Vortex

Vortex by 14459

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Ben Tracey is having a well-deserved, restful week of birdwatching with his cousin, Annie. They`re keen to catch a glimpse of the rare, nearly extinct Hen Harrier — and their wish comes true, but not in the way they`d hoped as they witness a man in an RAF uniform shoot one of the beautiful birds dead. When, later that day, Ben and Annie meet an old man full of conspiracy theories about the nearby RAF training base they`re curious to know more and creep into the base — Spadeadam. But little do they know that they are in serious danger.Having walked into the middle of the real reason the Hen Harriers are being shot down, Ben and Annie are captured as intruders and taken to a secure unit on a deserted area of the camp. These birds are just helpless victims in a much bigger operation — they attract too many visitors to the area and there`s a top-secret piece of warfare technology being developed that needs to be kept quiet. If this weapon gets into the wrong hands it could have catastrophic worldwide effects. Can Ben and Annie get out in time to spread the news?

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14459

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Chris Ryan Chris Ryan was born in 1961 in a village near Newcastle. In 1984 he joined SAS. During those ten years of service in the regiment, he participated in open and covert operations, and was also a sniper of an anti-terrorist group. During the Gulf War, a British Special Forces (SAS) patrol mission, call sign B20 (Bravo Two Zero), ended in failure. The 8-man patrol was tasked with monitoring the main supply route, finding and destroying SCUD missiles, as well as communication channels. In the patrol, everything went awry from the very beginning - due to a navigation error, they were dropped off in the wrong place, the connection turned out to be inoperative, and later the patrol was found by the locals. The patrol had to hurry to the Syrian border, occasionally firing back at the Iraqis. The patrol was divided into two groups - 3 and 5 people. Ultimately, 3 people were killed, 4 were captured by the Iraqis, and one - Chris Ryan - managed to cross the border and hide in ...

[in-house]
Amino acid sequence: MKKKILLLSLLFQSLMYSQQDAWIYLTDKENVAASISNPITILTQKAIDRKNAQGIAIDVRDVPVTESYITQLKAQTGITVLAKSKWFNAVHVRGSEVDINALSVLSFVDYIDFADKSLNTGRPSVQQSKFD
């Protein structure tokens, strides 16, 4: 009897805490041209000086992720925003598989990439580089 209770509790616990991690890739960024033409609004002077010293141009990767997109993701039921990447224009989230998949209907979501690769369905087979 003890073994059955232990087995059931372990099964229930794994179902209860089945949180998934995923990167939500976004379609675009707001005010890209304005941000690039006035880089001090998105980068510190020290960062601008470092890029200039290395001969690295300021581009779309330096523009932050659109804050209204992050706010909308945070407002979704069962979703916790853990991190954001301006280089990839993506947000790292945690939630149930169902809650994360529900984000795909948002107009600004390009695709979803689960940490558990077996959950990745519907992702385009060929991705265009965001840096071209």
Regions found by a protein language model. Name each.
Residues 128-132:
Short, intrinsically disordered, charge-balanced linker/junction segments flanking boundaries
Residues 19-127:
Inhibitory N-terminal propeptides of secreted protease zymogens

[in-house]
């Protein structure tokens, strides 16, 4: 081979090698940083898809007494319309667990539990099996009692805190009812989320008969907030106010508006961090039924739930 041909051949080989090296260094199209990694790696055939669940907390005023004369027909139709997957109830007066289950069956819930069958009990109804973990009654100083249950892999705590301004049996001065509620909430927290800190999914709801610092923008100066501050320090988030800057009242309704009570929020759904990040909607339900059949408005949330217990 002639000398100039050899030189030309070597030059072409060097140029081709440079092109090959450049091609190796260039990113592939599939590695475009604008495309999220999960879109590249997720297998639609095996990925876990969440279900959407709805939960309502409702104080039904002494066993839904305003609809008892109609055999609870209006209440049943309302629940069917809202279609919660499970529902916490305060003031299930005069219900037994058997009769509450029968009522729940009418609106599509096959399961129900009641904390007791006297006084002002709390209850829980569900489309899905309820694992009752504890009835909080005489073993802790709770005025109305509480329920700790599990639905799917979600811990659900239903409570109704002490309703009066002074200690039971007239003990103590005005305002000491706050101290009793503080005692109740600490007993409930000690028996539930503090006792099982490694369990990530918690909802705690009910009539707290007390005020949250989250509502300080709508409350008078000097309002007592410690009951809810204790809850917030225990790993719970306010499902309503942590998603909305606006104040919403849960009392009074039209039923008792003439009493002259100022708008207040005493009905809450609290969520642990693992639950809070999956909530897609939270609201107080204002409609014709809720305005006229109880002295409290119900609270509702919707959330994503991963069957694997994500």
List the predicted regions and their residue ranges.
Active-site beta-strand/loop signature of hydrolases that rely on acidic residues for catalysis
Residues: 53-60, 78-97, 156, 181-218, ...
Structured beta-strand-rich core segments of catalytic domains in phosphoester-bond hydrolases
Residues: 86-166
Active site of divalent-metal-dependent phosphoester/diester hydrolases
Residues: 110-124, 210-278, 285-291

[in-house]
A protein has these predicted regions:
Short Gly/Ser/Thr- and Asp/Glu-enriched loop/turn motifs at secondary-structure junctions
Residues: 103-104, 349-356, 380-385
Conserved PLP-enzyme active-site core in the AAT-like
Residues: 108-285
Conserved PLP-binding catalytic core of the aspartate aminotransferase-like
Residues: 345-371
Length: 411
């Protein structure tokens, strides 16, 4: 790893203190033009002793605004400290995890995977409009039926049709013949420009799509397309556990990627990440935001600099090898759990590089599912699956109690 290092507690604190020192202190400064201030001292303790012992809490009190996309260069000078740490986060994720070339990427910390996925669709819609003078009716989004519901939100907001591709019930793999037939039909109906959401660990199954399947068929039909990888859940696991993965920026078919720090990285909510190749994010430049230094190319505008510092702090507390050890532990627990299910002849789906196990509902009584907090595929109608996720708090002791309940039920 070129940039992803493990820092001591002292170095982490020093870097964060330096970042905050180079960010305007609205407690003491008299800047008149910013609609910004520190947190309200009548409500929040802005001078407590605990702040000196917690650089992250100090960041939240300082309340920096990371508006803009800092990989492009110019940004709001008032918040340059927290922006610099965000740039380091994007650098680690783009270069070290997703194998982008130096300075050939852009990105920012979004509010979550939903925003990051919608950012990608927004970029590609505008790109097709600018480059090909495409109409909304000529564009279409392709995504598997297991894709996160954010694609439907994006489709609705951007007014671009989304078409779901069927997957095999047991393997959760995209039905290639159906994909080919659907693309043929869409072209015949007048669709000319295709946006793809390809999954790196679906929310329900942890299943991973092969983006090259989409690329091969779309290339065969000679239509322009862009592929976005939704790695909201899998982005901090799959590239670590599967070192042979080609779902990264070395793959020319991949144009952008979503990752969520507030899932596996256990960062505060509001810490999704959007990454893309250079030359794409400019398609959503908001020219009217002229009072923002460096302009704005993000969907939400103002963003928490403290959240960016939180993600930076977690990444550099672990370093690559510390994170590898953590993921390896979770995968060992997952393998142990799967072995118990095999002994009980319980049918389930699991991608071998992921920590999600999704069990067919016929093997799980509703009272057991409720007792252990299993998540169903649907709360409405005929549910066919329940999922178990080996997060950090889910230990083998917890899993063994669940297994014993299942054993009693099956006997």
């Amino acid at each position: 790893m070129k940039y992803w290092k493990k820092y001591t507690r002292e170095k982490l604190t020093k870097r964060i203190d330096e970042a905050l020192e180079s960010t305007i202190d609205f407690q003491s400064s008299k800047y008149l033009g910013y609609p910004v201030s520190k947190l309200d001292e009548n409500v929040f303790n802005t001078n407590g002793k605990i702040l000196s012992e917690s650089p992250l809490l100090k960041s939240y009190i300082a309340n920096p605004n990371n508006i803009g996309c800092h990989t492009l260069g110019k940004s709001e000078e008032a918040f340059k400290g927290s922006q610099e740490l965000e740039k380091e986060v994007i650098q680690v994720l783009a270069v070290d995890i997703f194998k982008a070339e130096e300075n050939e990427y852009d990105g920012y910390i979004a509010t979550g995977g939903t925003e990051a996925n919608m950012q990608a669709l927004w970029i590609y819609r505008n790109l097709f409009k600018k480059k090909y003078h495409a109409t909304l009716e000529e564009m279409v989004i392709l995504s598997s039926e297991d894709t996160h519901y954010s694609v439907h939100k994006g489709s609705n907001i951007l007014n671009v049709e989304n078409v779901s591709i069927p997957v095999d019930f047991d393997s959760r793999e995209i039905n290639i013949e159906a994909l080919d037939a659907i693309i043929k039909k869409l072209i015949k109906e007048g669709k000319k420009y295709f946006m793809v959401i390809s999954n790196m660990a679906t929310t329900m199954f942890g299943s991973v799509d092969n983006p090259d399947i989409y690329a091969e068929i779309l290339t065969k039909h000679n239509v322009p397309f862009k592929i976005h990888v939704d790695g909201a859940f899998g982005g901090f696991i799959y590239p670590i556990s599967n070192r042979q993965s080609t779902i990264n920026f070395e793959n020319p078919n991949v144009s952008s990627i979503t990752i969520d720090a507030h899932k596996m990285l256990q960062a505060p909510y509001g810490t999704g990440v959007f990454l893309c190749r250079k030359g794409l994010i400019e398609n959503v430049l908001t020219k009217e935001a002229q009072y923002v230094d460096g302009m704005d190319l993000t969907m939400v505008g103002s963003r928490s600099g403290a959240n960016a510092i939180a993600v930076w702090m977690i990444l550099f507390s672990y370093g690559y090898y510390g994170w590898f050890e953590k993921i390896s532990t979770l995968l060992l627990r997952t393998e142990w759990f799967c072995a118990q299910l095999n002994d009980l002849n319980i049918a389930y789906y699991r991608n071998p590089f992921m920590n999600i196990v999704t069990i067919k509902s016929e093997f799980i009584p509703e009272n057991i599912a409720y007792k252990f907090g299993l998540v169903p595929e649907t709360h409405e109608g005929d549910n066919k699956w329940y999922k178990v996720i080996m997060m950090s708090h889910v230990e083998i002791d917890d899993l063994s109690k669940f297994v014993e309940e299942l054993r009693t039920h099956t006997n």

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Chris Ryan Chris Ryan was born in 1961 in a village near Newcastle. In 1984 he joined SAS. During those ten years of service in the regiment, he participated in open and covert operations, and was also a sniper of an anti-terrorist group. During the Gulf War, a British Special Forces (SAS) patrol mission, call sign B20 (Bravo Two Zero), ended in failure. The 8-man patrol was tasked with monitoring the main supply route, finding and destroying SCUD missiles, as well as communication channels. In the patrol, everything went awry from the very beginning - due to a navigation error, they were dropped off in the wrong place, the connection turned out to be inoperative, and later the patrol was found by the locals. The patrol had to hurry to the Syrian border, occasionally firing back at the Iraqis. The patrol was divided into two groups - 3 and 5 people. Ultimately, 3 people were killed, 4 were captured by the Iraqis, and one - Chris Ryan - managed to cross the border and hide in Syria. Until now, the story is controversial. A few years after the events, the traveler and former SAS reserve soldier Michael Asher walked the patrol path with his own feet and discovered the darkness of discrepancies in the official version. Then he wrote the book "The Real Bravo Two Zero: The Truth Behind Bravo Two Zero", in which he questioned the actions of the patrol. So, here is the composition of that ill-fated patrol: Patrol commander Andy McNab , Andy McNab (pseudonym) - captured, later released. He currently works as a security consultant, author of several fiction and non-fiction books, including Bravo Two Zero.  Chris Ryan , Chris Ryan (alias) is the only patrol member who escaped capture. He is also currently working as a security consultant, author of several fiction and non-fiction books, including "The One That Got Away".  Ian Pring , Ian "Dinger" Pring (real name) - captured, later released.  Malcolm McGown , Malcolm `Stan / Mal` McGown - captured, later released.  Mike Coburn , Mike Coburn (pseudonym) - captured, later released.  Bob Consiglio , Bob Consiglio (real name) - died during combat mission Steve Lane , Steve `Legs` Lane (real name) - died of hypothermia while performing combat tasks Vincent Phillips , Vincent Phillips (real name) - died of hypothermia while performing a combat mission (There is unconfirmed information that there was a ninth person on the patrol, someone David Barnes , David Barnes (a pseudonym), who had a military rank higher than that of McNab, and who actually played a key role in rescuing the patrol. Barnes, however, categorically refused to have his name in any way associated with B20. he still serves in the army of Her Majesty. There is no confirmation of this information). http://tiomkin.livejournal.com/690342.html Background Iraq`s occupation and annexation of Kuwait in 1990 sparked widespread international outrage. Many countries of the world sent their national military contingents to the Multinational Force (MNF), which was protecting Saudi Arabia from possible Iraqi aggression and subsequently liberating Kuwait by military means in accordance with UN Security Council Resolution No. 678. The MNF also included the troops of a number of Arab states - Egypt, Syria, Morocco and the countries of the Arabian Peninsula. Immediately after the start of the military operation "Desert Storm" on January 17, 1991, Iraq launched a campaign of rocket attacks on the territory of Israel, a country that did not participate in any form in the MNF. It is assumed that Saddam Hussein hoped thereby to provoke a retaliatory strike by the Israelis, after which the Arab countries would most likely leave the MNF for ideological reasons. The attacks were carried out by Scud missiles, mainly from mobile launchers operating in the desolate western part of Iraq. The installations were moved in the dark, and during the day they were carefully camouflaged, which made their detection from the air extremely difficult. Since the issue was of great political importance, the MNF command allocated significant air forces to hunt for launchers, and Patriot anti-aircraft missile systems were deployed in Israel to intercept the Scuds in flight. The effectiveness of these steps turned out to be low, and then it was decided to use special forces units of the United States and Great Britain to detect installations and aim at them. One of the units tasked with finding the Scuds was a patrol from Squadron B of the 22nd Special Aviation Service (the patrol is the main tactical unit of the SAS and consists of 8 people) under the command of Sergeant Andy McNab (pseudonym). In addition, the patrol had to find and detonate fiber-optic communication lines laid along the Baghdad-Amman highway, which were used to transmit orders to the commanders of the launchers (conventional radio communications were completely jammed with interference from the coalition`s electronic warfare units). It was assumed that "Bravo-two-zero" will operate autonomously on enemy territory for 14 days.  In Iraq The Group was flown to the landing point by a British Chinook helicopter on the night of 22 January 1991. She successfully set up a base camp and surveyed the area. Very soon she faced a critical problem - a complete lack of communication with the command. As it turned out later, the group was mistakenly given the wrong radio frequencies, and radio communication became impossible. An attempt to communicate with airborne early warning aircraft (AWACS) using tactical beacons also failed. Then the patrol was discovered. The group hastily left the camp, but soon found itself involved in a battle with enemy forces (the scale of this clash remains debatable). When the patrol broke away from their pursuers, McNab decided to retreat west into Syria. It should be noted that during the planning of the operation, it was decided to retreat the patrol in case of an emergency to the south, to Saudi Arabia; thus, the change of direction doomed the search for the missing group to failure. On the way to the Syrian border, the main enemy of the patrol was the weather. The 1991 Gulf winter was its harshest in three decades. The group turned out to be ill-equipped for many hours of marches across the open plain in the cold, piercing wind and in the conditions of snow. The soldiers were physically exhausted, leading to the inadvertent division of the patrol into two squads when McNab tried again to contact AWACS through a tactical beacon during the night crossing. The soldier in front of him, due to fatigue, did not accept the command to stop, which was discovered too late. In the group that went ahead, there were three people, two of whom were in poor physical condition (one soldier had a twisted leg, the other suffered from dehydration). Four remained with McNab. Both groups were unable to find each other due to darkness and continued on their way to the Syrian border separately. The second group, led by Chris Ryan , lost one person to hypothermia. Another member was captured while trying to steal a car, and only Ryan managed to reach the border and crossed it safely on January 31. During the eight days of the retreat, Ryan was found to have covered 300 km on foot and lost 16 kg in weight; in the last two days he had no more water, and he began to experience hallucinations.  Historiography For the first time, the history of the patrol "Bravo Two Zero" was occasionally mentioned in the autobiography of Peter de la Billera, the former commander of British forces in the Persian Gulf. In 1993, Andy McNab`s book Bravo Two Zero was published, which became a bestseller. Chris Ryan (The Sole Survivor) and Mike Coburn (The Fifth Soldier) also wrote their books. Finally, Michael Asher, who did not participate in the patrol, but served in the SAS, traveled to Iraq after the overthrow of Saddam Hussein`s regime, tracked the path of the patrol on the spot and published the results of his research in the book True Bravo Two Zero. All four books dedicated to the fate of "Bravo-two-zero", to one degree or another, contradict each other. Most famous is the book by Patrol Commander McNab. In later books, McNab exaggerated the scale of the fighting the patrol was involved in, including the scale of the battle that followed after the group was first spotted. Ryan criticizes McNab`s actions as the patrol commander, as well as the behavior of Vincent Phillips, whom he blames for finding the group. Escher criticizes the work of both McNab and Ryan. In addition, the books by Escher and Coburn attempt to justify Phillips.  Wikipedia. Bravo Two Zero Based on the book by Chris Ryan, the movie "The One That Got Away" was shot by ITV in 1996. $$ author-portrait-14459-chris_ryan2.jpg $$ After rehabilitation, Chris Ryan continued to serve in the SAS, but did not participate in military operations, but was engaged in training recruits. He finally left the service in 1994. He wrote several books, not only documentary, but also fiction, incl. books for children. Took part in the preparation of a number of television programs, for example in 2005 the show "How not to die", which showed in detail how to act competently in various life-threatening situations, including violent burglaries, robberies and attacks on the street. He acted as a military advisor for the video game IGI-2: Covert Strike, helping to make the game more accurate in real-life military operations, tactics, weapons and equipment. Ryan has also produced several television programs titled "Terror Alert: Could You Survive," each showing how to survive a disaster, flood, nuclear terrorist attack, massive power outage or plane hijacking. He is a military consultant in the fight against terrorism and the organization of the protection of VIPs, currently working in the United States.  Official Website , Wikipedia , IMDb . $$ author-portrait-14459-chris_ryan3.jpg $$ Bibliography Series Geordie Sharp 1. Stand By, Stand By (1996) 2. Zero Option (1997) 3. The Kremlin Device (1998) 4. Tenth Man Down (1999) Zero Option / Stand By Stand By (omnibus) (2007) [ b] Alpha Force 1. Survival (2002) 2. Rat-Catcher (2002) 3. Desert Pursuit (2003) 4. Hostage (2003) 5. Red Center (2004) 6. Hunted (2004) 7. Blood Money (2005) 8. Fault Line (2005) 9. Black Gold (2005) 10. Untouchable (2005) Matt Browning 1. Greed (2003) 2. The Increment (2004) Code Red 1. Flash Flood (2006) 2. Wildfire (2007) 3. Outbreak (2007) 4. Vortex (2008) 5. Twister (2008) 6. Battleground (2009) Novels The Hit List (2000) The Watchman (2001) Land of Fire (2002) Blackout (2005) Ultimate Weapon (2006) Strike Back (2007) Firefight (2008) Who Dares Wins (2009) The Kill Zone (2010) Agent 21 (2010) Omnibus Kremlin Device / Watchmen (2007) Series contributed to Quick Reads 2008 One Good Turn? (2008) Non fiction The One That Got Away: My SAS Mission Behind Iraqi Lines (1995) Chris Ryan`s SAS Fitness Book (2001) Chris Ryan`s Ultimate Survival Guide (2003) Fight to Win: Deadly Skills of the Elite Forces (2009)